Frenchman Tauran to declare new pope's election
Declaration of Habemus Papam to usher in next pontiff12 March, 12:45
French Cardinal Jean-Louis Tauran, 69, has been chosen to declare to the world "Habemus Papam" - the formal Latin declaration meaning "We have a new pope" - after the conclave has elected the new leader of the Catholic Church.
Tauran's announcement will come after white smoke curls up from the Sistine Chapel, where 115 cardinal electors will this week vote on a new pontiff.
Tauran, a career diplomat, is expected to then reveal the full birth name of the cardinal who will be pope, followed by the papal name that the new pontiff will take for himself.
A senior member of the College of Cardinals, Tauran has the honour of announcing the new pope thanks to his role as a cardinal protodeacon.
His five minutes of fame, facing the television cameras and a world audience from the central loggia of St. Peter's Basilica in the Vatican, is widely considered a very important task.
Tauran, the first French native to perform the role in more than 500 years, follows an impressive list of protodeacons with family names that comprise a virtual who's who of the Italian elite - ranging from Francesco Sforza in the early 1600s, to Alessandro d'Este, to Antonio Doria Pamphili in 1800.
In 2005, the most recent Habemus Papam announcement, Chilean Cardinal Jorge Arturo Medina Estevez announced the election of Benedict XVI. His announcement was preceded by a greeting to the Catholic Church's "dear brothers and sisters" in several languages, including German, French, Italian and English.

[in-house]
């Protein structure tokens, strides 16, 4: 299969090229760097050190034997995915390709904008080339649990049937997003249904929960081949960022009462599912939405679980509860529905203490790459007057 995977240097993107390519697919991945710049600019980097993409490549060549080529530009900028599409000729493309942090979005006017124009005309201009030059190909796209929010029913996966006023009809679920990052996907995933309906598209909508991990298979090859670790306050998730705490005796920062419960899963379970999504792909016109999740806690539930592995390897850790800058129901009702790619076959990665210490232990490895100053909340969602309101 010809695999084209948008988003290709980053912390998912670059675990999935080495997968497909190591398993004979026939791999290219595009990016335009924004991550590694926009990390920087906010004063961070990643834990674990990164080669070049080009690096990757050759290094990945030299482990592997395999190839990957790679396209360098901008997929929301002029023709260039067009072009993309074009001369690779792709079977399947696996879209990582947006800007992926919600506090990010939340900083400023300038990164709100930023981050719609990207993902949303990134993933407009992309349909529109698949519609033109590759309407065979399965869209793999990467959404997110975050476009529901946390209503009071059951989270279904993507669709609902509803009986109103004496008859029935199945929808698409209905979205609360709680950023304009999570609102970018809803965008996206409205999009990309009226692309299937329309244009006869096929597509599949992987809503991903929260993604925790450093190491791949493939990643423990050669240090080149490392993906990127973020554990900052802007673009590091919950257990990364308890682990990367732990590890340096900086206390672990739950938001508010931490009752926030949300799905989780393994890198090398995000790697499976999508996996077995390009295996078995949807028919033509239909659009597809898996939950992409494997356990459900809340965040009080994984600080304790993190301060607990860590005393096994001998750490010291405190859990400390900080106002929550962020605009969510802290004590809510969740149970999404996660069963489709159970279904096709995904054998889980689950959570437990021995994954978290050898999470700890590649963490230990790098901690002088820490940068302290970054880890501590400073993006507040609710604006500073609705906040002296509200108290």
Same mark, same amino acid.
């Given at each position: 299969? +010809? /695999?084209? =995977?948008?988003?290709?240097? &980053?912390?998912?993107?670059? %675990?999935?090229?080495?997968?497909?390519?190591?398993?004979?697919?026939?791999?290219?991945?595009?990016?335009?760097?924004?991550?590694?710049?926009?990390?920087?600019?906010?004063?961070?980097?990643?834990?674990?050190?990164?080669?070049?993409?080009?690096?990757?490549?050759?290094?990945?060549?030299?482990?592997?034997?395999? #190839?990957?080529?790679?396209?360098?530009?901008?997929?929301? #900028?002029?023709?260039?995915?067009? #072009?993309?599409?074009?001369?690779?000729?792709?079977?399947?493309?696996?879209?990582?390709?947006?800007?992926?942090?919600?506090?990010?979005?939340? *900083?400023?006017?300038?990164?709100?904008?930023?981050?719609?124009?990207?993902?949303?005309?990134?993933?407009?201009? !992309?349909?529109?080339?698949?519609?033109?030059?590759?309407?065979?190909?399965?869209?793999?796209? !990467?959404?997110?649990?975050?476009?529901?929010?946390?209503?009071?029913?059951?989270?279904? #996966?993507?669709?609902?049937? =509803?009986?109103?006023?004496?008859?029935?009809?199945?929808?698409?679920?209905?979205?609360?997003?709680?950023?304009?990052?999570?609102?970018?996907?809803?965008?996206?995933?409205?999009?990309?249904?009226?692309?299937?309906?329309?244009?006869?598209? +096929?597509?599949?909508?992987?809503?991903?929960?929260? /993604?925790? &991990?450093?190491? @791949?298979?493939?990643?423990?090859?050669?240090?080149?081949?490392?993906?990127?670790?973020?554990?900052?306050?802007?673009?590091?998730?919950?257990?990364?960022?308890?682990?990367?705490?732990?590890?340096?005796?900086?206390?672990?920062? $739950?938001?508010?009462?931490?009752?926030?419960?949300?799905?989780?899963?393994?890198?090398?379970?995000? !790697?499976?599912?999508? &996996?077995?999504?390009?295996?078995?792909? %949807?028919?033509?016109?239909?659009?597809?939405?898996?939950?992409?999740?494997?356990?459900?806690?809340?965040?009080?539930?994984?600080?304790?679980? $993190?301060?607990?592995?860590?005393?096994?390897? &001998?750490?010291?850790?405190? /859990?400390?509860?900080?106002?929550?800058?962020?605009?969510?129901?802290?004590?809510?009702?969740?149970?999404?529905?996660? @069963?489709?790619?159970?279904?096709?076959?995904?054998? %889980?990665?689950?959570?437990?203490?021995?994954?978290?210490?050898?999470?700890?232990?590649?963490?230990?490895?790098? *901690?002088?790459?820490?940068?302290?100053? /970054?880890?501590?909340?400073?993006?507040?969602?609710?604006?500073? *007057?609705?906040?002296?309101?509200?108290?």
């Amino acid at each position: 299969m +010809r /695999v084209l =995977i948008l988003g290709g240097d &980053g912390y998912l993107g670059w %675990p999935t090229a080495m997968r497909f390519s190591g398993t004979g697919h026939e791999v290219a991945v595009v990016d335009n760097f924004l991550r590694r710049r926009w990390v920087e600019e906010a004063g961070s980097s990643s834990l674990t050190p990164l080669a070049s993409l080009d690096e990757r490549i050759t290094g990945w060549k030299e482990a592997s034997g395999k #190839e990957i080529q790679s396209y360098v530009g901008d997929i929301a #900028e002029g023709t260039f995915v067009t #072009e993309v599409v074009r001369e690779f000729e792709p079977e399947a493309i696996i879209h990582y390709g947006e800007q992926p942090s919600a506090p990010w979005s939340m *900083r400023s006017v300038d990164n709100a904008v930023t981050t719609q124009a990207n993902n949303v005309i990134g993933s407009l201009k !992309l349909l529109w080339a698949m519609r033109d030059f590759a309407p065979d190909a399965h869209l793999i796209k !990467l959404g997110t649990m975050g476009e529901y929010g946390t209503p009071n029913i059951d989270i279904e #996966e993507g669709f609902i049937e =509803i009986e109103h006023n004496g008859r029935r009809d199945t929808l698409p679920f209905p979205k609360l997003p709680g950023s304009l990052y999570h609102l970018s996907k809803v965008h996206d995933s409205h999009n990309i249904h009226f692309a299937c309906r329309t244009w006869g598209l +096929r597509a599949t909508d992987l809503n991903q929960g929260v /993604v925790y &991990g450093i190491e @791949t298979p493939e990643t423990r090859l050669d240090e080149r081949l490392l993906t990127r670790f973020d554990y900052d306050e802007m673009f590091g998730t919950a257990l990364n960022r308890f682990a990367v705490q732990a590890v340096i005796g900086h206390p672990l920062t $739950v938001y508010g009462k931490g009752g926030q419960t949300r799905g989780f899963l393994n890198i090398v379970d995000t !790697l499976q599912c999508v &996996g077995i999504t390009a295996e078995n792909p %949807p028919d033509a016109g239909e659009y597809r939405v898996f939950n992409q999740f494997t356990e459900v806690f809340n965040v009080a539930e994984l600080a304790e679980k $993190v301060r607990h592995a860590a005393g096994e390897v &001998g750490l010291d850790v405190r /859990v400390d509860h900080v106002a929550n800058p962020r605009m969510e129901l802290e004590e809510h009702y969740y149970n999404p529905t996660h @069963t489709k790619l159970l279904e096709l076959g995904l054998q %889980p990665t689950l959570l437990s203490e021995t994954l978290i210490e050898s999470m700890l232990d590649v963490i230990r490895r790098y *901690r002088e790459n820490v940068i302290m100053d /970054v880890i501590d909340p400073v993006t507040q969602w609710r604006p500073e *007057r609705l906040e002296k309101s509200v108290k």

After the declaration of Habemus Papam, the new pope is presented to the world and he gives his first Urbi et Orbi blessing.
A native of Bordeaux, Tauran was ordained a priest in 1969.
He studied philosophy and theology, and holds a degree in canon law. In March 1975, he entered the diplomatic service of the Holy See and was assigned to the Apostolic Nunciature of the Dominican Republic, and was later transferred to the Apostolic Nunciature in Lebanon. His career then took Tauran on many special missions, from Haiti in 1984, Beirut and Damascus two years later and to numerous Vatican delegations at the Organization for Security and Co-operation in Europe and the United Nations Conference on Disarmament.
In 1991, Tauran was consecrated as titular Archbishop of Thelepte and appointed by Pope John Paul II as head of the Vatican's 'foreign ministry', when he was made Secretary for Relations with States. He held that post for 13 years, playing an important diplomatic role during both wars in Iraq.
Tauran was named as a cardinal by John Paul II in 2003 and became Protodeacon in February 2011. He is also the president of the Pontifical Council for Interreligious Dialogue.
In a recent interview following the surprise retirement announcement last month by Benedict, Tauran said he believed that the new pope should continue the last pope's work in teaching the Catholic faith.
Tauran has also said that the next pope must be open to dialogue between various cultures and religions.
photo: Jean-Louis Tauran with Pope John Paul II